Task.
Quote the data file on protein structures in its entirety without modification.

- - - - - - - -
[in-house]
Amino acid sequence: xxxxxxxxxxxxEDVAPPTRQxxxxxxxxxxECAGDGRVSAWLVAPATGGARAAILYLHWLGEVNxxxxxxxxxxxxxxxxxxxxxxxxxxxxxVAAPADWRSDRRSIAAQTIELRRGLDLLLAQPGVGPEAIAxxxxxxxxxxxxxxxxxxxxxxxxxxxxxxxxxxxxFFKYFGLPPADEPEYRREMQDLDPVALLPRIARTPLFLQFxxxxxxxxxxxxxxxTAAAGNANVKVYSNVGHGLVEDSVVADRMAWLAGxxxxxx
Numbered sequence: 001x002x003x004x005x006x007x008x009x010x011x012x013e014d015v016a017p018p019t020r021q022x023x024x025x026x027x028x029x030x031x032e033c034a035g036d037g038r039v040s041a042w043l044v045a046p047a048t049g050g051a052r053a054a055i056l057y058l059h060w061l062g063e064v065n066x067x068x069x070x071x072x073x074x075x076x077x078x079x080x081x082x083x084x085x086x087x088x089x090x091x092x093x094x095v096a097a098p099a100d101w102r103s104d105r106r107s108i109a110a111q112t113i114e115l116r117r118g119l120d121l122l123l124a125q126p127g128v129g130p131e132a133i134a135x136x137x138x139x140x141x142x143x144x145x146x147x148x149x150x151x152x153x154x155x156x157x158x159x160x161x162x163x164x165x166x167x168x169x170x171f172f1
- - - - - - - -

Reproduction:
[in-house]
Amino acid sequence: xxxxxxxxxxxxEDVAPPTRQxxxxxxxxxxECAGDGRVSAWLVAPATGGARAAILYLHWLGEVNxxxxxxxxxxxxxxxxxxxxxxxxxxxxxVAAPADWRSDRRSIAAQTIELRRGLDLLLAQPGVGPEAIAxxxxxxxxxxxxxxxxxxxxxxxxxxxxxxxxxxxxFFKYFGLPPADEPEYRREMQDLDPVALLPRIARTPLFLQFxxxxxxxxxxxxxxxTAAAGNANVKVYSNVGHGLVEDSVVADRMAWLAGxxxxxx
Numbered sequence: 001x002x003x004x005x006x007x008x009x010x011x012x013e014d015v016a017p018p019t020r021q022x023x024x025x026x027x028x029x030x031x032e033c034a035g036d037g038r039v040s041a042w043l044v045a046p047a048t049g050g051a052r053a054a055i056l057y058l059h060w061l062g063e064v065n066x067x068x069x070x071x072x073x074x075x076x077x078x079x080x081x082x083x084x085x086x087x088x089x090x091x092x093x094x095v096a097a098p099a100d101w102r103s104d105r106r107s108i109a110a111q112t113i114e115l116r117r118g119l120d121l122l123l124a125q126p127g128v129g130p131e132a133i134a135x136x137x138x139x140x141x142x143x144x145x146x147x148x149x150x151x152x153x154x155x156x157x158x159x160x161x162x163x164x165x166x167x168x169x170x171f172f1